Okla. loses 4 air bases for air ambulance service
Life Flight parent company Air Method attributed the site closures to the costs of maintaining readiness at airbases
Muskogee Phoenix, Okla.
Life Flight parent company Air Method has announced the closure of multiple air bases for the air ambulance service, including one located in Keefeton.
"...after a thorough review and analysis of its operations, it will no longer maintain four of its bases in Oklahoma: Tulsa Life Flight 1 in Keefeton, Tulsa Life Flight 3 in Tulsa/Riverside, MediFlight of Oklahoma 1 in Chickasha, MediFlight of Oklahoma 2 in Seminole," according to a news release from the company. "The dispatch center will not experience any interruption in service...In addition, Air Methods is working with all employees on opportunities for other positions within Air Methods or their next career steps."
Life Flight will continue to offer their services in the area from the Life Flight 5 base in McAlester, the release states.
However, the impact on Muskogee County should be negligible, said Muskogee County Emergency Medical Service Community Relations Coordinator Trish German.
"It is not going to really affect us at all. There are other helicopter services available," German said. "So it’s not really going to show any impact on Muskogee County EMS."
Muskogee County Emergency Management Director Jeff Smith said the county would simply turn to other air ambulance services to meet local need, such as Air Evac in Muskogee and First Flight in Tahlequah.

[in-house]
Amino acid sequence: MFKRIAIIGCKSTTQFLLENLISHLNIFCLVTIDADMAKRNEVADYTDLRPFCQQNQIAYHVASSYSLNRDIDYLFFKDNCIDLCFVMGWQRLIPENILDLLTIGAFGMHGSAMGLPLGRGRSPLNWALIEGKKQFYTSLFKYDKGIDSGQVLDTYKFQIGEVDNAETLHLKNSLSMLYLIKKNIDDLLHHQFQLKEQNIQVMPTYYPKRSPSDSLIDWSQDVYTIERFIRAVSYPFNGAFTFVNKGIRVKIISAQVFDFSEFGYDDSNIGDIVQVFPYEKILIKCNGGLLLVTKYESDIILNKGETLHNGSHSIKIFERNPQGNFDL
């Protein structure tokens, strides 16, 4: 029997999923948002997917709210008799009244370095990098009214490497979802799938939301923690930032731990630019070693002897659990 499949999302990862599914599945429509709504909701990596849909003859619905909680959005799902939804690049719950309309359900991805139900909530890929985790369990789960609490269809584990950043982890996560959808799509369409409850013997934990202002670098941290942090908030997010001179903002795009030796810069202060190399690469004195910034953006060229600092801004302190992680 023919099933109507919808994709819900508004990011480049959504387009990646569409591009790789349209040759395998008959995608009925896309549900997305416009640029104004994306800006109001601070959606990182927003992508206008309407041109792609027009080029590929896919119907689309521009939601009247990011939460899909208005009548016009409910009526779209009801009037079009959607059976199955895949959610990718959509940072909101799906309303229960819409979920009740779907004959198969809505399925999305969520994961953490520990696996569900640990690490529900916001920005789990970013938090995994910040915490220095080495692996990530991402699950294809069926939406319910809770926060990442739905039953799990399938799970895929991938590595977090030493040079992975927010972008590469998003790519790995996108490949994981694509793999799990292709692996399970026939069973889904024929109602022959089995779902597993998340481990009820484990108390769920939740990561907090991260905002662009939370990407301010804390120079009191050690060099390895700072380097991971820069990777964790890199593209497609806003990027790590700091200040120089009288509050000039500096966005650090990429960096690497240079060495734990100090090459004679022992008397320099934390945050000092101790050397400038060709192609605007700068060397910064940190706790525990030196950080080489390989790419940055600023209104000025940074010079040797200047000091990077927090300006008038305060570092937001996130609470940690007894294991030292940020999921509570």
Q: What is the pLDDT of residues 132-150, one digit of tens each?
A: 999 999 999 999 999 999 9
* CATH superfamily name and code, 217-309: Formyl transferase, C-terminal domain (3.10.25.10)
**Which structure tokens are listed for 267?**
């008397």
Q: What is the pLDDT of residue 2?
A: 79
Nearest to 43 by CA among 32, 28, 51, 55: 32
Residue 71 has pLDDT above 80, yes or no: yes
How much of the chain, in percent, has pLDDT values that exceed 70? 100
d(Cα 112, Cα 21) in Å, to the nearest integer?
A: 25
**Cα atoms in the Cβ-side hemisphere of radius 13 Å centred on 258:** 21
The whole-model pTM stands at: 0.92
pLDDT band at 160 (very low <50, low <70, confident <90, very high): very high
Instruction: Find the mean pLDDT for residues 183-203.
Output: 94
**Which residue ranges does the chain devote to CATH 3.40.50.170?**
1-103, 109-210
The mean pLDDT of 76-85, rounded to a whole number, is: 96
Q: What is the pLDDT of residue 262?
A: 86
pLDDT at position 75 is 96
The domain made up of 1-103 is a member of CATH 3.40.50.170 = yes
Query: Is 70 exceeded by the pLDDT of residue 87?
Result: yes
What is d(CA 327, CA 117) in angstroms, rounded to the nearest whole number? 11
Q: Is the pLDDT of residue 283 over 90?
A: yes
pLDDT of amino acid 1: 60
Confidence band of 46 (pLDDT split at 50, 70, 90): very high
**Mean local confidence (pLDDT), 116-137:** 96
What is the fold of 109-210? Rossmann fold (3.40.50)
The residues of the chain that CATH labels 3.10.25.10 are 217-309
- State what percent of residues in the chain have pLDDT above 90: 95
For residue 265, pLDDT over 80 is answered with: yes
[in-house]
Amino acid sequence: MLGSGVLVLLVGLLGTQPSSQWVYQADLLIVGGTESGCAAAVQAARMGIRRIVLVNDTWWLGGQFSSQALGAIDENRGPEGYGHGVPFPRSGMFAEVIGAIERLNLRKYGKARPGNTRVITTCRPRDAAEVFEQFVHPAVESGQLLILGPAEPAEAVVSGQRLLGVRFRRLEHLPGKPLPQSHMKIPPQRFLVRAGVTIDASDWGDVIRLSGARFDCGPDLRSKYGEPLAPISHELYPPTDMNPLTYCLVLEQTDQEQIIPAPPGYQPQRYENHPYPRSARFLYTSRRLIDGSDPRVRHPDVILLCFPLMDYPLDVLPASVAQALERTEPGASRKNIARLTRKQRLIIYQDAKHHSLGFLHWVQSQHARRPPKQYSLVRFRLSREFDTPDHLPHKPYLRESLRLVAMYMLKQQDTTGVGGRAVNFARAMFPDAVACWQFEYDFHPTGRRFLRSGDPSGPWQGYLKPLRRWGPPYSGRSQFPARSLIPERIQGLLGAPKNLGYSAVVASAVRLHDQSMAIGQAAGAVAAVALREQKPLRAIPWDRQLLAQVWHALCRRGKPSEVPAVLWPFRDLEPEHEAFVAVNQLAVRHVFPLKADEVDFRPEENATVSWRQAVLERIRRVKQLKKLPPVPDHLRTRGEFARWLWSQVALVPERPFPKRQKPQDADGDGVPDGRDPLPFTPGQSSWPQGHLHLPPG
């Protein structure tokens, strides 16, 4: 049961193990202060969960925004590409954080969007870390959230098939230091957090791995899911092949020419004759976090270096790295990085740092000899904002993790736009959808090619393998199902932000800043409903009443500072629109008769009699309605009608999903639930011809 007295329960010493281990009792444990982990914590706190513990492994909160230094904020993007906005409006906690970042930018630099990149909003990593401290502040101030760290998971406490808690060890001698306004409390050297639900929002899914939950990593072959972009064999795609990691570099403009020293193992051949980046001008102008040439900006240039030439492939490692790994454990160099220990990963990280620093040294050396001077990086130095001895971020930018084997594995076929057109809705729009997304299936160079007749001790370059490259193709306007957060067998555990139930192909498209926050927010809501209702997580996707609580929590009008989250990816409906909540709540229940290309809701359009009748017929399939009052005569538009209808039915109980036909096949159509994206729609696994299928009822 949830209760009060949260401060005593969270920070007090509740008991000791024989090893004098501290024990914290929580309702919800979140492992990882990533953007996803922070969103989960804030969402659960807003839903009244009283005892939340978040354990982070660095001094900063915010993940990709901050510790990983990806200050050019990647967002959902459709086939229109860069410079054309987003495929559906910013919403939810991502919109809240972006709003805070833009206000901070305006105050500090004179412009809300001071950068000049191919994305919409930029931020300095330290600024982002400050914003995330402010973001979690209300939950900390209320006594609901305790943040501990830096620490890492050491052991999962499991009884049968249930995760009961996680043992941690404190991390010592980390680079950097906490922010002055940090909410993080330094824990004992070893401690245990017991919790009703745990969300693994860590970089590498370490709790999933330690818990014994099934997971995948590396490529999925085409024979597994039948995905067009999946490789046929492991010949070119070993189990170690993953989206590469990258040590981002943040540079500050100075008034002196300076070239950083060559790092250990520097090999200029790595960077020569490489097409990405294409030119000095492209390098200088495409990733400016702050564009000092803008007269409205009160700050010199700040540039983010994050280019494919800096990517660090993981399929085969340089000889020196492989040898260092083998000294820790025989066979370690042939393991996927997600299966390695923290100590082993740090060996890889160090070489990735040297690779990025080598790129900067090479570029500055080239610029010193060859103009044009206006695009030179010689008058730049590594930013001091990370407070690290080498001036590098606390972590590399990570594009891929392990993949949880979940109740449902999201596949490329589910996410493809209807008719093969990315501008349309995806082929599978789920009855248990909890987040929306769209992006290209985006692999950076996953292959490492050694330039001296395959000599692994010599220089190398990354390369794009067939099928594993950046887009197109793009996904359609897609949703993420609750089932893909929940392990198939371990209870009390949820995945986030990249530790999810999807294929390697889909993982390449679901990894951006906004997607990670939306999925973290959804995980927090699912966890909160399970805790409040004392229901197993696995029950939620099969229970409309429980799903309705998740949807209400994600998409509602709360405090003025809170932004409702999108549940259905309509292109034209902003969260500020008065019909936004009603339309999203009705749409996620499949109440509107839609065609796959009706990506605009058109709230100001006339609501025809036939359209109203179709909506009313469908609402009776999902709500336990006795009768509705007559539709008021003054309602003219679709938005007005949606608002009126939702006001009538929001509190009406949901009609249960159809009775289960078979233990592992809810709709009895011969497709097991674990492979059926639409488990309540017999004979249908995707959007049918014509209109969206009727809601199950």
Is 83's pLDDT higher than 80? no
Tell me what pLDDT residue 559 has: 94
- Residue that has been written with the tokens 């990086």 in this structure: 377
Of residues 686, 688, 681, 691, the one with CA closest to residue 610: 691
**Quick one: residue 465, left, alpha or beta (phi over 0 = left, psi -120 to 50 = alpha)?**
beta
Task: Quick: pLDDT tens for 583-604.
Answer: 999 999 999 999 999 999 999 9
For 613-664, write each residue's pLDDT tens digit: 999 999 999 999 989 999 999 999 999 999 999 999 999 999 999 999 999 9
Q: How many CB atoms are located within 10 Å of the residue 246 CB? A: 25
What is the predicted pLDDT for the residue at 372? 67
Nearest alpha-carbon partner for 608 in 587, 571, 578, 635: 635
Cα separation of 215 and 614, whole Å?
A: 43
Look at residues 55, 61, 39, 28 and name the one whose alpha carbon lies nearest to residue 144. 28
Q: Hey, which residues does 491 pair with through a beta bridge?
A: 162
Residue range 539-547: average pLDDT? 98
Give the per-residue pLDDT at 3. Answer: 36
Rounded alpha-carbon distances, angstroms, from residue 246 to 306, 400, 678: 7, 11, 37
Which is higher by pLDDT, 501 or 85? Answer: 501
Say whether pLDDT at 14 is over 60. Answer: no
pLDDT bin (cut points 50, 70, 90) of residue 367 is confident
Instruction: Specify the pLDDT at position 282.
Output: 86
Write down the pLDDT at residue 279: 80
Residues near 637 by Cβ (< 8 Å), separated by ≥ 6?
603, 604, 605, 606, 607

"There’s multiple other air ambulances in the area that can be used for that. We’re not going to do without, we’re just going to do with one less," Smith said.
The company attributed the site closures to the costs of maintaining readiness at airbases.
"The cost of this around-the-clock readiness averages nearly $3 million per year for each air base, according to a cost study prepared for the Association of Air Medical Services (AAMS)," the release states. "Further, approximately 85 percent of costs are fixed costs associated with operating an air base, giving companies little leeway in reducing costs on their own."
Reimbursements have not kept pace with increasing costs, especially with patients who rely on Medicare, the release states.
"Medicare, which covers air medical services in emergency cases only, established the current air medical service payment rates in 2002 based on an estimated 1998 cost pool," the release states. "Today, the average Medicare per-transport reimbursement covers approximately half of the cost per transport, according to the AAMS study."
The sites, therefore, were closed in order to lower operating costs.
©2019 the Muskogee Phoenix (Muskogee, Okla.)